Robo1/Slit Embryonic Brain Growth Presentation

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1: Development. 2006 Jun;133(11):2243-52.Click here to read Links

Robo1 regulates the development of major axon tracts and interneuron migration in the forebrain.

Department of Anatomy and Developmental Biology, University College London, UK.

The Slit genes encode secreted ligands that regulate axon branching, commissural axon pathfinding and neuronal migration. The principal identified receptor for Slit is Robo (Roundabout in Drosophila). To investigate Slit signalling in forebrain development, we generated Robo1 knockout mice by targeted deletion of exon 5 of the Robo1 gene. Homozygote knockout mice died at birth, but prenatally displayed major defects in axon pathfinding and cortical interneuron migration. Axon pathfinding defects included dysgenesis of the corpus callosum and hippocampal commissure, and abnormalities in corticothalamic and thalamocortical targeting. Slit2 and Slit1/2 double mutants display malformations in callosal development, and in corticothalamic and thalamocortical targeting, as well as optic tract defects. In these animals, corticothalamic axons form large fasciculated bundles that aberrantly cross the midline at the level of the hippocampal and anterior commissures, and more caudally at the medial preoptic area. Such phenotypes of corticothalamic targeting were not observed in Robo1 knockout mice but, instead, both corticothalamic and thalamocortical axons aberrantly arrived at their respective targets at least 1 day earlier than controls. By contrast, in Slit mutants, fewer thalamic axons actually arrive in the cortex during development. Finally, significantly more interneurons (up to twice as many at E12.5 and E15.5) migrated into the cortex of Robo1 knockout mice, particularly in both rostral and parietal regions, but not caudal cortex. These results indicate that Robo1 mutants have distinct phenotypes, some of which are different from those described in Slit mutants, suggesting that additional ligands, receptors or receptor partners are likely to be involved in Slit/Robo signalling.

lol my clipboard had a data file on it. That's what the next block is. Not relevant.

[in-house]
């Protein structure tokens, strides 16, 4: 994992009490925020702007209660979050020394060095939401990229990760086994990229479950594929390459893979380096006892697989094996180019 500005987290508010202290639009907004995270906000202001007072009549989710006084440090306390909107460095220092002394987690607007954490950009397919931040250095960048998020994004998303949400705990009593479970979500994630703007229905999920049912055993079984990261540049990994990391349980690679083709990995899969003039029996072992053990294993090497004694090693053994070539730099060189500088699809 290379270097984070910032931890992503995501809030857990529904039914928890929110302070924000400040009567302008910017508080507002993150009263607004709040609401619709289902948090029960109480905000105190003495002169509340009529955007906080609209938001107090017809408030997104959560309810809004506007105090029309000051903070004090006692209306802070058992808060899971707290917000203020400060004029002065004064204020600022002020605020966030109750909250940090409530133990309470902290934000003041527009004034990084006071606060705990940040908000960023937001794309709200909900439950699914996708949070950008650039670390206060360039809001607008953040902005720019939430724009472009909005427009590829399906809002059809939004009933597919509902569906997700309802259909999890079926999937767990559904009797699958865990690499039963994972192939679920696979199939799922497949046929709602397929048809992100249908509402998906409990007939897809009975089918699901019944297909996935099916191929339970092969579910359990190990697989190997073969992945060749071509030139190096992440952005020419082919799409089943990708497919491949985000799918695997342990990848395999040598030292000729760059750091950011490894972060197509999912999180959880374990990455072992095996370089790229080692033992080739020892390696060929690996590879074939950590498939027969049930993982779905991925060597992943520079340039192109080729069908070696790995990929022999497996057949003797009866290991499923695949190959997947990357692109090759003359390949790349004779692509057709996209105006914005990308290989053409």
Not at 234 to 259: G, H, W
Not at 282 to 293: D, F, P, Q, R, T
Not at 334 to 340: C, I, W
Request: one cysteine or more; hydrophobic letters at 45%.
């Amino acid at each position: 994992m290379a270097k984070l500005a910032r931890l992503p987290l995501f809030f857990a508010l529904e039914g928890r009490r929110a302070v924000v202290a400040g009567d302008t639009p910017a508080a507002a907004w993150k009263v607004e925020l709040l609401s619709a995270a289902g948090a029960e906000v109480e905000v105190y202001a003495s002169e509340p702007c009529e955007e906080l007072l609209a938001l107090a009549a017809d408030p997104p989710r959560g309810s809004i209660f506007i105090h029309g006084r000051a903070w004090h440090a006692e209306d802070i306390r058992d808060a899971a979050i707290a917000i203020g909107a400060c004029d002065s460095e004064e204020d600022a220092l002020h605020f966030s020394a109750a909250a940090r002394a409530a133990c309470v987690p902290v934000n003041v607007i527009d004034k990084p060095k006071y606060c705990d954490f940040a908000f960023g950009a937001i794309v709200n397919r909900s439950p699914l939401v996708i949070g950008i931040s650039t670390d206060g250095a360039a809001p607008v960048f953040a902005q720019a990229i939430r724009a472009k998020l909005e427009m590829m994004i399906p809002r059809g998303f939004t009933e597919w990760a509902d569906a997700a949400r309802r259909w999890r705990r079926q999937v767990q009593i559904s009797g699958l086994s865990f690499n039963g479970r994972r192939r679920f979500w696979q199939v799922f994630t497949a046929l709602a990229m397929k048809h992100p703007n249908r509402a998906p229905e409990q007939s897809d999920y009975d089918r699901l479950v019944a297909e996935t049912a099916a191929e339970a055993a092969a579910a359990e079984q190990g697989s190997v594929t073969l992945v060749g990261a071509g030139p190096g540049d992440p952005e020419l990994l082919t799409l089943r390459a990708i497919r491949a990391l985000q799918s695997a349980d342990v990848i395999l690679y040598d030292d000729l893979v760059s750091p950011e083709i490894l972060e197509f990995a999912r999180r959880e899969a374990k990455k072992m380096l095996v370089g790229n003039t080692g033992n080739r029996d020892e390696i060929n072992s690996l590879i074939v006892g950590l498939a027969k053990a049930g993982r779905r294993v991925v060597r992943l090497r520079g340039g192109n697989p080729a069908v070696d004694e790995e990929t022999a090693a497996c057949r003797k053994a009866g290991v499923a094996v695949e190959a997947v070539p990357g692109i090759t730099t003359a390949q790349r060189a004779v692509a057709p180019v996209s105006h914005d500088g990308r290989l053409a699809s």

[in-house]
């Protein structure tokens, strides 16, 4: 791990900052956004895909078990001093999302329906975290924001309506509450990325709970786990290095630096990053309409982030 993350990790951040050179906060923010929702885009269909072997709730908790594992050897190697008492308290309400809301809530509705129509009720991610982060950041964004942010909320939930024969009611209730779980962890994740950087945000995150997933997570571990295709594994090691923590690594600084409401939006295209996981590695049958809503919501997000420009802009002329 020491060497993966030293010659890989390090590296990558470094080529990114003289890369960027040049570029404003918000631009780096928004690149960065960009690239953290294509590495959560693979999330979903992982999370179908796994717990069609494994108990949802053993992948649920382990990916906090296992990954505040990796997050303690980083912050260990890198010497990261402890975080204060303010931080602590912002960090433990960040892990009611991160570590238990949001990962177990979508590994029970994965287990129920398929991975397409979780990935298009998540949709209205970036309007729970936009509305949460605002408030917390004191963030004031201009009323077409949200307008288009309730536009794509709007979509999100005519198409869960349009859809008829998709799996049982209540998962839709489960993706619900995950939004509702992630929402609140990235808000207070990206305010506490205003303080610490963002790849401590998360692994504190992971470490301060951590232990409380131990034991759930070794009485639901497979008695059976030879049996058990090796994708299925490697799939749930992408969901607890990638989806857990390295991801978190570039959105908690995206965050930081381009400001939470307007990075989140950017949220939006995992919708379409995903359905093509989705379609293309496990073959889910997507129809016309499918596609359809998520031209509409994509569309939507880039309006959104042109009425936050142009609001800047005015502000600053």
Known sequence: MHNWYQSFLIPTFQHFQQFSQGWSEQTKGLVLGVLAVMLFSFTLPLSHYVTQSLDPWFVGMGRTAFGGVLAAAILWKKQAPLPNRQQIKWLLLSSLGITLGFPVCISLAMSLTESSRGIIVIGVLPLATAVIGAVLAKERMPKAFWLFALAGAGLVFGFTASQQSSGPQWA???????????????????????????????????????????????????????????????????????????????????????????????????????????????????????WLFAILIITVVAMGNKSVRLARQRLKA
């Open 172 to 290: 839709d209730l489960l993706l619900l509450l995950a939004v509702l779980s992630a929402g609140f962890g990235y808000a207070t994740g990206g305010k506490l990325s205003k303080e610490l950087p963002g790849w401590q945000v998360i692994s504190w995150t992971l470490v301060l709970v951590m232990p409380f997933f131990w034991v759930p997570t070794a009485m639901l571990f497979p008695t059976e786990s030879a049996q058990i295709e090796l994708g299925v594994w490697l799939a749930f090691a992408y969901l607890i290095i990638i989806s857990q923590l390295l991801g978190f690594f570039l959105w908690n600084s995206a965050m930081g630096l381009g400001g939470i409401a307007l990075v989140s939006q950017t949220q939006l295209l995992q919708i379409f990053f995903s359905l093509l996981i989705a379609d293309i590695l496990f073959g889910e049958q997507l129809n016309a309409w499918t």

PMID: 16690755 [PubMed - indexed for MEDLINE]

 

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